attr_accessor :contacts

  def self.association association, klass
    @@attributes ||= {}
    @@attributes[association] = klass
  end

  association :contacts, Contact

  def self.reflect_on_association(association)
    data = { klass: @@attributes[association] }
    OpenStruct.new data
  end

  .....
end

What we did here is pretty simple. We define a class method self.association so that we can register classnames for our associations into a class variable. Then we define self.reflect_on_associations to create an OpenStruct object whose klass method simply looks in its @@attributes hash for the passed in association name and returns the class that we registered.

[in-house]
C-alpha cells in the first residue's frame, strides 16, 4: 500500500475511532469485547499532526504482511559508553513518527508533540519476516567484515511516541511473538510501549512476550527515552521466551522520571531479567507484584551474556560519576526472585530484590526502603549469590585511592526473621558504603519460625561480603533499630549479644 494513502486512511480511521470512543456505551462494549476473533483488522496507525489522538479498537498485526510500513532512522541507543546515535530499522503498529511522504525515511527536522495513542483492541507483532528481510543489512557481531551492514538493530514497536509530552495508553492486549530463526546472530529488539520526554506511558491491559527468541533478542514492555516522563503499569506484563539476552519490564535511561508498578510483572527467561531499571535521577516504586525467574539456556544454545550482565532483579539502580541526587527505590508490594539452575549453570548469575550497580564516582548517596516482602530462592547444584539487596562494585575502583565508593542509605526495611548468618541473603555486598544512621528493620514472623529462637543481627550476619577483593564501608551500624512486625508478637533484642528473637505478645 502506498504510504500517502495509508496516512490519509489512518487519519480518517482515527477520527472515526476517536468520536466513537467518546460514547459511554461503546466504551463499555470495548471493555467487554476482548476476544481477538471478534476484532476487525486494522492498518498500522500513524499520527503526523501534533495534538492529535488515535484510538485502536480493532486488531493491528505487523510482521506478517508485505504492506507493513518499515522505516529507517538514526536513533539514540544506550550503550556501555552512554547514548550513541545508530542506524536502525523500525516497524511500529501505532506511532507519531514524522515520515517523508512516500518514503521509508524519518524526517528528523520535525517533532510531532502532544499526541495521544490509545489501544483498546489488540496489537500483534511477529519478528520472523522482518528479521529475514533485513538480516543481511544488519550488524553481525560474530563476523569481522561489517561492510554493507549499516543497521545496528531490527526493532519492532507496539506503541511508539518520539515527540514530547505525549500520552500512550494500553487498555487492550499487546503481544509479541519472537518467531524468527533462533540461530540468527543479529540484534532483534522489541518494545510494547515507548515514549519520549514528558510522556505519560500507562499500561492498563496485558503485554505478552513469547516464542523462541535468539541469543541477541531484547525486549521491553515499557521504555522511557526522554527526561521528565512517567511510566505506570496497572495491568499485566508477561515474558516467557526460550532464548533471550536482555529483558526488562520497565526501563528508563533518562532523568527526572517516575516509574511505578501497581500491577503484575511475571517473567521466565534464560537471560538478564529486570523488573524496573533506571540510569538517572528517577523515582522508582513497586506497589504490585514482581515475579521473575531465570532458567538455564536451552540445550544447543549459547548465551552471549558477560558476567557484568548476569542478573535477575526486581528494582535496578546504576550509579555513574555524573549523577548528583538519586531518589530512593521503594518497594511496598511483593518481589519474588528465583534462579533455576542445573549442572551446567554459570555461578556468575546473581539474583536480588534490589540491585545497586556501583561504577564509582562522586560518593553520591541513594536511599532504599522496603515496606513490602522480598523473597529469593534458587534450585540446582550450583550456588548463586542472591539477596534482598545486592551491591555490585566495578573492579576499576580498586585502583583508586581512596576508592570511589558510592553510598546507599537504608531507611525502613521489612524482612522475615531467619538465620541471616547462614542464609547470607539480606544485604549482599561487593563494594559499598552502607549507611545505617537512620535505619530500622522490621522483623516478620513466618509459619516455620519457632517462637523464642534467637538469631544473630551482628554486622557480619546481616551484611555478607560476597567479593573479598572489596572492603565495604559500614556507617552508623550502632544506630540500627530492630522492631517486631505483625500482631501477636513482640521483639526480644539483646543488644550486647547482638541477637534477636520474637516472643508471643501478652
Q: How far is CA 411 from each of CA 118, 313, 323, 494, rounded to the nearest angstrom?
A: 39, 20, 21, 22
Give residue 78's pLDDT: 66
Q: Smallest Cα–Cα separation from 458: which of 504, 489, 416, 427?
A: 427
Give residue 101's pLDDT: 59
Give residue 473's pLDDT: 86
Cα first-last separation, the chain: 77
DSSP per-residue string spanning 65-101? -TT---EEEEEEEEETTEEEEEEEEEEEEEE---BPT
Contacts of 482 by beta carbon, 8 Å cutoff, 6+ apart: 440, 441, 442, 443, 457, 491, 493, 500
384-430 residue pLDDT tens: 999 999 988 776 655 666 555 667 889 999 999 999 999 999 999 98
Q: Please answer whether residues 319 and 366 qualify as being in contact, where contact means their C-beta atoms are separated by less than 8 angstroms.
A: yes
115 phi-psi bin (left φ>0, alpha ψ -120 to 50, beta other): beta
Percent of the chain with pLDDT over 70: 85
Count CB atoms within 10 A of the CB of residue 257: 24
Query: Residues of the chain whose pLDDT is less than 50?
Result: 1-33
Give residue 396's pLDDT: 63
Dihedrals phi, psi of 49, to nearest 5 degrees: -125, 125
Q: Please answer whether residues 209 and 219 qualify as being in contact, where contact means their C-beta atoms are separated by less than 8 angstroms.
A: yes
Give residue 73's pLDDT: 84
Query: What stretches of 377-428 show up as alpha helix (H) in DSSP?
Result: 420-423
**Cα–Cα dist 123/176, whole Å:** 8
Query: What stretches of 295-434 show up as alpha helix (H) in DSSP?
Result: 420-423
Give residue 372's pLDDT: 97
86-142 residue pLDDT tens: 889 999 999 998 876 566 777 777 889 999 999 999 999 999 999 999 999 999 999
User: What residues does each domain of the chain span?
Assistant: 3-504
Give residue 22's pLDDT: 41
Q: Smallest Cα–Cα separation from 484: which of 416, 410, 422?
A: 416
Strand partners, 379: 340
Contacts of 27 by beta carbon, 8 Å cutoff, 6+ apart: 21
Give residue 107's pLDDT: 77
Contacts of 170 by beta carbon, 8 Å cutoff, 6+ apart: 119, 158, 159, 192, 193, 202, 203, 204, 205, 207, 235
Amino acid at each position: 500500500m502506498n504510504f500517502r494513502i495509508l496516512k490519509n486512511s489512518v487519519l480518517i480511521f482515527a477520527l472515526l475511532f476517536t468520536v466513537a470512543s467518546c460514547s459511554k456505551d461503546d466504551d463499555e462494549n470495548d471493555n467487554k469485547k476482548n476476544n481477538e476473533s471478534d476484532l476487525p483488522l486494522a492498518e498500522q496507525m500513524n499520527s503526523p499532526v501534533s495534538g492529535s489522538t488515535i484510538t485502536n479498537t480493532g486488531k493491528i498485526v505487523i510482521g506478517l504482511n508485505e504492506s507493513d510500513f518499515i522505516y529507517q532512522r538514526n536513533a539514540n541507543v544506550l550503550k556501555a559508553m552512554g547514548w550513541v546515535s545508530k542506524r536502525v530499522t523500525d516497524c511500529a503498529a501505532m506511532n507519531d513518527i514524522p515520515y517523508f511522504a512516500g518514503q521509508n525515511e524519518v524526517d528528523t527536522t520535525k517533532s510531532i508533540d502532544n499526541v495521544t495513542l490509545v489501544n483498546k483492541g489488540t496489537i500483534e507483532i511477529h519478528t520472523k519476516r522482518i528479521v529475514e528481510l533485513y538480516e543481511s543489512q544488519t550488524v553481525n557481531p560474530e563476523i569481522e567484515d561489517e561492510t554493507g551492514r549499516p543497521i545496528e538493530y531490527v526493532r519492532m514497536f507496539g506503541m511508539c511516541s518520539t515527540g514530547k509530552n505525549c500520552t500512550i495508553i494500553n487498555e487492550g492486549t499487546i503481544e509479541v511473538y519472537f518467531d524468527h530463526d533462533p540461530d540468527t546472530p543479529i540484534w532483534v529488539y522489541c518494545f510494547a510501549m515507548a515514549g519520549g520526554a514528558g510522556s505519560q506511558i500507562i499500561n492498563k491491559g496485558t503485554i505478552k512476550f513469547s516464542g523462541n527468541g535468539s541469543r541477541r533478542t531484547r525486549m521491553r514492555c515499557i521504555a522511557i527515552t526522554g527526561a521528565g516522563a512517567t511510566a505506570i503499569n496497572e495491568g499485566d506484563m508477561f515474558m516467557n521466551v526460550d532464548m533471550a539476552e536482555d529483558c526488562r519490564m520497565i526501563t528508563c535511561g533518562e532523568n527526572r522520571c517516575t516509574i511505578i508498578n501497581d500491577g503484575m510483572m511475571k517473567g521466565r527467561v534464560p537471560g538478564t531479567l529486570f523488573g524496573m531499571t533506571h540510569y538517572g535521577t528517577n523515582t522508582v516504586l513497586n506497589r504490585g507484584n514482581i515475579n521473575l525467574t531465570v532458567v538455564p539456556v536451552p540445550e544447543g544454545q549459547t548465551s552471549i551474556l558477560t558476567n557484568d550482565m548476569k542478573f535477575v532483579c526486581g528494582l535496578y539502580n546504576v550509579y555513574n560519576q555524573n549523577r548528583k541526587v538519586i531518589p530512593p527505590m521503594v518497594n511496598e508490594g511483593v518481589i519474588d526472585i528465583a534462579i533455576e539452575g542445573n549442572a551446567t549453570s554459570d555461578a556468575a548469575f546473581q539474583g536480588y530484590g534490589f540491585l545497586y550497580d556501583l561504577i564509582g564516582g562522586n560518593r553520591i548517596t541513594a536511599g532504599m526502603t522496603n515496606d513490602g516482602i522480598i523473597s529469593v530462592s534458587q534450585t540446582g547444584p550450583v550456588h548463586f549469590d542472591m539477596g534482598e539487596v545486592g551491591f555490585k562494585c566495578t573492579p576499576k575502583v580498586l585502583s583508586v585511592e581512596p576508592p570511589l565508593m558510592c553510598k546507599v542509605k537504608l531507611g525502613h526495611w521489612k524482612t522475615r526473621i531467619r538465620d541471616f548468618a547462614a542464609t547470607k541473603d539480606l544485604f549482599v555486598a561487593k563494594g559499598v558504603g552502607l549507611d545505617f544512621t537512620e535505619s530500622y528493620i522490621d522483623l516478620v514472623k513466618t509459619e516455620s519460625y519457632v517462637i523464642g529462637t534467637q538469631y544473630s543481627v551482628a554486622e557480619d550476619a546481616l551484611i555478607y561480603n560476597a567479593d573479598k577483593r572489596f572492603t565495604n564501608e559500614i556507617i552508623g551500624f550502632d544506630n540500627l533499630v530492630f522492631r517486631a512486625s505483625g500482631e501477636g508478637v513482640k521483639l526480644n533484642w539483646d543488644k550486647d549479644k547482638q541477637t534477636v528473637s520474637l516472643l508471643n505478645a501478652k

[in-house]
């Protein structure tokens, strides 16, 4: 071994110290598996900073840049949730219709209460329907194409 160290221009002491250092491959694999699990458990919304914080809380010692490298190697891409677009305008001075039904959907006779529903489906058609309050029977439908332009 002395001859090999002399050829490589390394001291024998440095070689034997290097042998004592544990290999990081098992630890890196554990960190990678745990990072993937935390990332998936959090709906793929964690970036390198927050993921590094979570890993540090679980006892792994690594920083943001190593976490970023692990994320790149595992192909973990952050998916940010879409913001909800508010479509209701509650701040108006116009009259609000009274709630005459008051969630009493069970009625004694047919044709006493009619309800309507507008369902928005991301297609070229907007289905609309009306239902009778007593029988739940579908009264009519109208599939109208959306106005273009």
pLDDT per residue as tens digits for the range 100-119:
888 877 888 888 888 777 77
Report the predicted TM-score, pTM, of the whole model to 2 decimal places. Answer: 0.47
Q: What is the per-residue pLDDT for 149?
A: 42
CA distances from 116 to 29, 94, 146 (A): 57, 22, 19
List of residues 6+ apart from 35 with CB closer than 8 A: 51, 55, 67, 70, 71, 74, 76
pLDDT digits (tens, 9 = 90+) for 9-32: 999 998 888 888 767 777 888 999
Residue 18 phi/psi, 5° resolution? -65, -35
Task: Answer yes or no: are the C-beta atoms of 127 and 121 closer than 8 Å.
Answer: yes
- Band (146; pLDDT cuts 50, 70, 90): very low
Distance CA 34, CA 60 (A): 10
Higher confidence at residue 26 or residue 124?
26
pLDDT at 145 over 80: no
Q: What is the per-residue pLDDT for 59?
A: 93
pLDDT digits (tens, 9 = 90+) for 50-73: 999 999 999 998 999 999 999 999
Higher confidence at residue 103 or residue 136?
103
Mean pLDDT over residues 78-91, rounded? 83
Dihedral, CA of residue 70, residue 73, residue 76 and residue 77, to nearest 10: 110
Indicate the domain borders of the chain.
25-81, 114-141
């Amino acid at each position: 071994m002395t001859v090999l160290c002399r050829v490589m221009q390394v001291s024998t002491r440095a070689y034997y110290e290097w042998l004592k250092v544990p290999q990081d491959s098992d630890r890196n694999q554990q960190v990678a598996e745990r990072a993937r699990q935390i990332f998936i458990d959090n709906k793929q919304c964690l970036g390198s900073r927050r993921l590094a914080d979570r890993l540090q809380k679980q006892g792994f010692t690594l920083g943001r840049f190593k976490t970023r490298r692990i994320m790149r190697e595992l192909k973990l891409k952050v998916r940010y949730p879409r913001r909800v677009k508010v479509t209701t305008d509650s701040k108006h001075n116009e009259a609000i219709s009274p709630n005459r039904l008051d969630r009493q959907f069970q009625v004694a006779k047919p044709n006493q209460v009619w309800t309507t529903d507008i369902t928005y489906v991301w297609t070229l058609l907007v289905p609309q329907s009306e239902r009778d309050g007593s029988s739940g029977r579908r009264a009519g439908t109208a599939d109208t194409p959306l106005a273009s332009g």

With this change, we can use Ryan's technique verbatim to create this link on our form.

Thanks for reading, and hopefully this helps at least a few of you.

12 Responses
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Can I use ActiveRecord for the master entity and ActiveModel for the detail entity? I am trying to save the data for the detail into a text column in the master table itself.

over 1 year ago ·

@geordee I'm not sure what your use case is but this doesn't sound very clean. If you can make that input part of the form for the master entity that would make a whole lot more sense.